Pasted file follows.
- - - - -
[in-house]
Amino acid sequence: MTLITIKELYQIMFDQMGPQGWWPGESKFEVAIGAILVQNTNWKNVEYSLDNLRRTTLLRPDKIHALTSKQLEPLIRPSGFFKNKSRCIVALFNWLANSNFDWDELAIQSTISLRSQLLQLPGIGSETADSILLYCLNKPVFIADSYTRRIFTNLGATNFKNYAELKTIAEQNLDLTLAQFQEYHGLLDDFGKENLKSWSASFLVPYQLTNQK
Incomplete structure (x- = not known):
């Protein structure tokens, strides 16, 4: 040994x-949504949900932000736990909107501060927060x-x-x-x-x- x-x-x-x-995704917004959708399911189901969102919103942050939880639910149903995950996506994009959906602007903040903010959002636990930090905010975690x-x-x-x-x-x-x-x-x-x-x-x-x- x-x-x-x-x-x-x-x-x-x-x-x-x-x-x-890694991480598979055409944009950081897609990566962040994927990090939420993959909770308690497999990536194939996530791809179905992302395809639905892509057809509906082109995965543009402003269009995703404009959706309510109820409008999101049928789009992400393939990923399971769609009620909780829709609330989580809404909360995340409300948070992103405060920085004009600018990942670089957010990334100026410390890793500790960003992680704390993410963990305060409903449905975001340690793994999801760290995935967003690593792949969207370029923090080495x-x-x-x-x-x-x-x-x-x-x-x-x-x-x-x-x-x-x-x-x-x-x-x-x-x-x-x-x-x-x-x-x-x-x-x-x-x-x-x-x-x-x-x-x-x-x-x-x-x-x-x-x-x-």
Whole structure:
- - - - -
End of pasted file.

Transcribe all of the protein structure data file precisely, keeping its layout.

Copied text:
[in-house]
Amino acid sequence: MTLITIKELYQIMFDQMGPQGWWPGESKFEVAIGAILVQNTNWKNVEYSLDNLRRTTLLRPDKIHALTSKQLEPLIRPSGFFKNKSRCIVALFNWLANSNFDWDELAIQSTISLRSQLLQLPGIGSETADSILLYCLNKPVFIADSYTRRIFTNLGATNFKNYAELKTIAEQNLDLTLAQFQEYHGLLDDFGKENLKSWSASFLVPYQLTNQK
Incomplete structure (x- = not known):
């Protein structure tokens, strides 16, 4: 040994x-949504949900932000736990909107501060927060x-x-x-x-x- x-x-x-x-995704917004959708399911189901969102919103942050939880639910149903995950996506994009959906602007903040903010959002636990930090905010975690x-x-x-x-x-x-x-x-x-x-x-x-x- x-x-x-x-x-x-x-x-x-x-x-x-x-x-x-890694991480598979055409944009950081897609990566962040994927990090939420993959909770308690497999990536194939996530791809179905992302395809639905892509057809509906082109995965543009402003269009995703404009959706309510109820409008999101049928789009992400393939990923399971769609009620909780829709609330989580809404909360995340409300948070992103405060920085004009600018990942670089957010990334100026410390890793500790960003992680704390993410963990305060409903449905975001340690793994999801760290995935967003690593792949969207370029923090080495x-x-x-x-x-x-x-x-x-x-x-x-x-x-x-x-x-x-x-x-x-x-x-x-x-x-x-x-x-x-x-x-x-x-x-x-x-x-x-x-x-x-x-x-x-x-x-x-x-x-x-x-x-x-």
Whole structure: